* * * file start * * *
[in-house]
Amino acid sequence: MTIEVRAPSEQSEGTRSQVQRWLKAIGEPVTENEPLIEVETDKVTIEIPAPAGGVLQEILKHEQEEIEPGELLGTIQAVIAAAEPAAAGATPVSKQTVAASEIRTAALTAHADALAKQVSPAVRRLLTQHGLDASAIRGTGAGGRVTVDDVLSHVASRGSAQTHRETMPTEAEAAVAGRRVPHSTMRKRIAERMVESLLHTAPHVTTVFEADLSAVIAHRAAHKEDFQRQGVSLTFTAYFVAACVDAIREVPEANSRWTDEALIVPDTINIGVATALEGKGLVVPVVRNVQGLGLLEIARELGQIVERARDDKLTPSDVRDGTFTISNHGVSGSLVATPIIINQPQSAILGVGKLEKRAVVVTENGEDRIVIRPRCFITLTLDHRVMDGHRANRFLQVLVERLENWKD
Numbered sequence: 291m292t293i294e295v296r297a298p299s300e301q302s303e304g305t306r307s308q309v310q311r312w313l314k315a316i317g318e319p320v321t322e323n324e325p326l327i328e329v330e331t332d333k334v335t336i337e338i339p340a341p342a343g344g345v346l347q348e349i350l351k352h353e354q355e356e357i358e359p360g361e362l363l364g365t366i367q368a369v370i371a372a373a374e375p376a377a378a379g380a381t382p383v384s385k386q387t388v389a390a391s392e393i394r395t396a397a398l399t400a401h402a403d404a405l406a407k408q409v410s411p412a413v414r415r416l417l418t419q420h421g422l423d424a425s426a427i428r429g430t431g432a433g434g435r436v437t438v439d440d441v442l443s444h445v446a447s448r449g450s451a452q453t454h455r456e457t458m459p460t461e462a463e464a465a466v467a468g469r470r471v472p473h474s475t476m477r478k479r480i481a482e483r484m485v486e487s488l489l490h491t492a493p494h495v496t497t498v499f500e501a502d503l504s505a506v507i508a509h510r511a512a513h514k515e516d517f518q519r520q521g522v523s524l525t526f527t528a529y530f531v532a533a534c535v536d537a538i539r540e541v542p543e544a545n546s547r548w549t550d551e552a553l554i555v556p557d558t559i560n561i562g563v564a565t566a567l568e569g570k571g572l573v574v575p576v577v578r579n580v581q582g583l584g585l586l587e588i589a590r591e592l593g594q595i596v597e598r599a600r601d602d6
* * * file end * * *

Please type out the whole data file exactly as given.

[in-house]
Amino acid sequence: MTIEVRAPSEQSEGTRSQVQRWLKAIGEPVTENEPLIEVETDKVTIEIPAPAGGVLQEILKHEQEEIEPGELLGTIQAVIAAAEPAAAGATPVSKQTVAASEIRTAALTAHADALAKQVSPAVRRLLTQHGLDASAIRGTGAGGRVTVDDVLSHVASRGSAQTHRETMPTEAEAAVAGRRVPHSTMRKRIAERMVESLLHTAPHVTTVFEADLSAVIAHRAAHKEDFQRQGVSLTFTAYFVAACVDAIREVPEANSRWTDEALIVPDTINIGVATALEGKGLVVPVVRNVQGLGLLEIARELGQIVERARDDKLTPSDVRDGTFTISNHGVSGSLVATPIIINQPQSAILGVGKLEKRAVVVTENGEDRIVIRPRCFITLTLDHRVMDGHRANRFLQVLVERLENWKD
Numbered sequence: 291m292t293i294e295v296r297a298p299s300e301q302s303e304g305t306r307s308q309v310q311r312w313l314k315a316i317g318e319p320v321t322e323n324e325p326l327i328e329v330e331t332d333k334v335t336i337e338i339p340a341p342a343g344g345v346l347q348e349i350l351k352h353e354q355e356e357i358e359p360g361e362l363l364g365t366i367q368a369v370i371a372a373a374e375p376a377a378a379g380a381t382p383v384s385k386q387t388v389a390a391s392e393i394r395t396a397a398l399t400a401h402a403d404a405l406a407k408q409v410s411p412a413v414r415r416l417l418t419q420h421g422l423d424a425s426a427i428r429g430t431g432a433g434g435r436v437t438v439d440d441v442l443s444h445v446a447s448r449g450s451a452q453t454h455r456e457t458m459p460t461e462a463e464a465a466v467a468g469r470r471v472p473h474s475t476m477r478k479r480i481a482e483r484m485v486e487s488l489l490h491t492a493p494h495v496t497t498v499f500e501a502d503l504s505a506v507i508a509h510r511a512a513h514k515e516d517f518q519r520q521g522v523s524l525t526f527t528a529y530f531v532a533a534c535v536d537a538i539r540e541v542p543e544a545n546s547r548w549t550d551e552a553l554i555v556p557d558t559i560n561i562g563v564a565t566a567l568e569g570k571g572l573v574v575p576v577v578r579n580v581q582g583l584g585l586l587e588i589a590r591e592l593g594q595i596v597e598r599a600r601d602d6